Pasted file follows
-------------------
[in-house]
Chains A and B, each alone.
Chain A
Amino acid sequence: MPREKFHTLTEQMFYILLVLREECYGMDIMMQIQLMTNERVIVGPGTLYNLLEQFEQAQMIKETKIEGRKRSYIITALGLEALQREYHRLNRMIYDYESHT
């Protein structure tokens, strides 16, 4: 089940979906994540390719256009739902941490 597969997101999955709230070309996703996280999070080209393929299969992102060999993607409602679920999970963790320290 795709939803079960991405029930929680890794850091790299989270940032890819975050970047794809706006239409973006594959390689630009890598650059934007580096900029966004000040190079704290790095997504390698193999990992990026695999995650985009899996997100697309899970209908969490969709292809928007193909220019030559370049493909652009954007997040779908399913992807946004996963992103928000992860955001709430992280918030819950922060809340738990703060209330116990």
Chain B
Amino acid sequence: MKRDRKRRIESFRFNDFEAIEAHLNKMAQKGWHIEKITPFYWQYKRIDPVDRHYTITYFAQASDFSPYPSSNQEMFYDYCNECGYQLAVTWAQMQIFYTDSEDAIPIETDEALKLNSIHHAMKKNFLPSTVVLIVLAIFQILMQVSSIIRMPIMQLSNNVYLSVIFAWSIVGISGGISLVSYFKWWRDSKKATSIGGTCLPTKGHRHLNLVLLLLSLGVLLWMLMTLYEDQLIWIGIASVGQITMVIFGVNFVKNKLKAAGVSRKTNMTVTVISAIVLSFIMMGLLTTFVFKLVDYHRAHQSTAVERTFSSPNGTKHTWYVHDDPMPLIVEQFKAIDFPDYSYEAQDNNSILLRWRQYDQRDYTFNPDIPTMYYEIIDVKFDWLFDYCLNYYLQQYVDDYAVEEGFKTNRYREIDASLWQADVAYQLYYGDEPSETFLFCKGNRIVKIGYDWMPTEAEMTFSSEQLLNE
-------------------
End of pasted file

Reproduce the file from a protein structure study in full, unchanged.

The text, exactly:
[in-house]
Chains A and B, each alone.
Chain A
Amino acid sequence: MPREKFHTLTEQMFYILLVLREECYGMDIMMQIQLMTNERVIVGPGTLYNLLEQFEQAQMIKETKIEGRKRSYIITALGLEALQREYHRLNRMIYDYESHT
């Protein structure tokens, strides 16, 4: 089940979906994540390719256009739902941490 597969997101999955709230070309996703996280999070080209393929299969992102060999993607409602679920999970963790320290 795709939803079960991405029930929680890794850091790299989270940032890819975050970047794809706006239409973006594959390689630009890598650059934007580096900029966004000040190079704290790095997504390698193999990992990026695999995650985009899996997100697309899970209908969490969709292809928007193909220019030559370049493909652009954007997040779908399913992807946004996963992103928000992860955001709430992280918030819950922060809340738990703060209330116990």
Chain B
Amino acid sequence: MKRDRKRRIESFRFNDFEAIEAHLNKMAQKGWHIEKITPFYWQYKRIDPVDRHYTITYFAQASDFSPYPSSNQEMFYDYCNECGYQLAVTWAQMQIFYTDSEDAIPIETDEALKLNSIHHAMKKNFLPSTVVLIVLAIFQILMQVSSIIRMPIMQLSNNVYLSVIFAWSIVGISGGISLVSYFKWWRDSKKATSIGGTCLPTKGHRHLNLVLLLLSLGVLLWMLMTLYEDQLIWIGIASVGQITMVIFGVNFVKNKLKAAGVSRKTNMTVTVISAIVLSFIMMGLLTTFVFKLVDYHRAHQSTAVERTFSSPNGTKHTWYVHDDPMPLIVEQFKAIDFPDYSYEAQDNNSILLRWRQYDQRDYTFNPDIPTMYYEIIDVKFDWLFDYCLNYYLQQYVDDYAVEEGFKTNRYREIDASLWQADVAYQLYYGDEPSETFLFCKGNRIVKIGYDWMPTEAEMTFSSEQLLNE